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Why Do Cats Spray

By December 9, 2021Cats

Pet peeing in inappropriate places is one of the most prevalent issues that individuals encounter with their pet companions.  Why do cats spray? There could be several possible reasons for this. Your cat’s urination may be due to a variety of medical conditions, including kidney disease and arthritis. If all of these possibilities have been ruled out, the most likely explanation is a behavioral one.

First, you must identify if your cat is urinating or spraying. When cats are spraying pee, they tend to rise up and expel a tiny amount on vertical surfaces, as opposed to horizontal ones. Most of the time, cats urinating on horizontal surfaces crouch and evacuate larger amounts of urine. 

You should seek the advice of a veterinarian if you’re unsure of what’s wrong with your cat before attempting to treat it yourself.

What Cat Spraying Means

A common method of communication among cats is by scent, with cats explicitly leaving their scents in specified locations. Spraying is completely common and acceptable behavior in the cat world, just as scratching, rubbing their faces on items (including you), or even rolling around on the ground are acceptable ways to “communicate.”

It’s common knowledge that cats communicate with us by rubbing their faces on things or rolling around, but we’re (understandably) less enthusiastic about our cats spraying urine as a means of communication. So, let’s take a closer look at why and how your cat can be acting in this manner.

Causes of Cat Spraying

Stress or Unhappiness

Cats, like many people, enjoy the feeling of being in command! If they aren’t fully happy or are experiencing any tension or anxiety, they may spray. Along with the smell, the act of spraying helps them to feel more confident.

So it’s possible that your cat’s spraying may be a result of a shift in your pet’s routine or lifestyle. Your feline friend, after all, is a creature of habit, and he dislikes being disturbed. If you suspect stress is to blame, attempt to figure out what it is about your cat’s behavior that makes him unhappy.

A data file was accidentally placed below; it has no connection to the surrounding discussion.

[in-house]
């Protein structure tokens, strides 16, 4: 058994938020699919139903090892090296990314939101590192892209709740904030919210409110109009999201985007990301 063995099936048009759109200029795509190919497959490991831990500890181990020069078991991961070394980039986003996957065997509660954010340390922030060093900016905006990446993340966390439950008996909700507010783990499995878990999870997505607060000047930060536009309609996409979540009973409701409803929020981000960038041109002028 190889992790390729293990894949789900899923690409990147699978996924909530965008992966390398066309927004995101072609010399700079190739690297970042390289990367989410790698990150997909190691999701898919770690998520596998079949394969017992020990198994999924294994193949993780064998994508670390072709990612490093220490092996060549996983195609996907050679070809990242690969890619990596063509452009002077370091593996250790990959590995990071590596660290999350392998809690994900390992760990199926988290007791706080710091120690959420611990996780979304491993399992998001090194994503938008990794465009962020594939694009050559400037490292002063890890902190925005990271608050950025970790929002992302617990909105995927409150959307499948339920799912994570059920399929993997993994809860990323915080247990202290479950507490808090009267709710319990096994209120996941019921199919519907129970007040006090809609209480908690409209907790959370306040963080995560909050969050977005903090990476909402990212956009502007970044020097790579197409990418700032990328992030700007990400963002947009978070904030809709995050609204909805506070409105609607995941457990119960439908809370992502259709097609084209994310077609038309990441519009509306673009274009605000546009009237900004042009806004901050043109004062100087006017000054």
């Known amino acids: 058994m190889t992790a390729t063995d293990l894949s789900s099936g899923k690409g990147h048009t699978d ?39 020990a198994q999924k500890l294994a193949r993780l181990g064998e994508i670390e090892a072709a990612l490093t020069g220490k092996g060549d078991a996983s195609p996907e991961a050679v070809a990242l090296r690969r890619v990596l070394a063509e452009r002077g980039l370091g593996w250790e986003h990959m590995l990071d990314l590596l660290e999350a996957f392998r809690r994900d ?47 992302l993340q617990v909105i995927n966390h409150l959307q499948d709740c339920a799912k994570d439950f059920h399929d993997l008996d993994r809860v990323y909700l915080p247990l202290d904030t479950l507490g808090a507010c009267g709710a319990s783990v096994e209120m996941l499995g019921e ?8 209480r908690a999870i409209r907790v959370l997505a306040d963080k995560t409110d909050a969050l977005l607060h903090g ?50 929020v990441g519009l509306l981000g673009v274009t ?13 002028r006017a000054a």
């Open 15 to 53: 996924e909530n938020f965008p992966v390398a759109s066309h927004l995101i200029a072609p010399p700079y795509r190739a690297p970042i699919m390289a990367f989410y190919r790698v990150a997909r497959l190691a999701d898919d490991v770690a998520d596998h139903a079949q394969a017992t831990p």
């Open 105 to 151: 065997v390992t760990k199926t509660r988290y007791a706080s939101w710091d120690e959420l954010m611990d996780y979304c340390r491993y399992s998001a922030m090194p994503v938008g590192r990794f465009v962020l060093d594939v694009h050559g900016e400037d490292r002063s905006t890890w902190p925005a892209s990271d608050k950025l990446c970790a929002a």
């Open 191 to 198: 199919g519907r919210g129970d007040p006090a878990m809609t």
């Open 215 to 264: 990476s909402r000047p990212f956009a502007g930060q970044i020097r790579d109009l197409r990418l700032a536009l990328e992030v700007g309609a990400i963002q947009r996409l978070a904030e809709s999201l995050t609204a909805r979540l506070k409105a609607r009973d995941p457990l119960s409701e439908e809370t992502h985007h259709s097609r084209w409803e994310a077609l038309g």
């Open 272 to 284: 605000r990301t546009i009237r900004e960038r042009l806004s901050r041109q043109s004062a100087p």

For example, if your cat is afraid of a neighbor’s cat, you could close the curtains or windows to prevent your pet from feeling threatened. A regular period of play for your cat may also be beneficial because they may be lonely and in need of a lot of love and attention.


Checking your kitty’s health if they’ve been behaving oddly or if they’ve been playing around a lot is a wise decision. A bladder infection can cause your pet to urinate excessively, and it’s certainly not pleasant for them!

Because of arthritis or age, your cat may have difficulty entering and exiting the litter box, causing it to urinate outside the box. So, if you see anything strange, it’s critical that you take your furry buddy to the veterinarian to rule out any medical problems.

Fussy Felines

Your cat’s litter box may be to blame for the cat’s habit of spraying. Your cat may choose places other than the litter box because of factors such as litter type, litter placement, and cleanliness. Make the litter box as luxurious as the Ritz Carlton to remedy this issue.

Because spraying is such a challenging subject, it calls for a multi-pronged approach. This includes determining if the cat is suffering from a medical condition, resolving probable cat-on-cat aggression, maintaining a clean litter box, and using an anti-anxiety medicine like Prozac.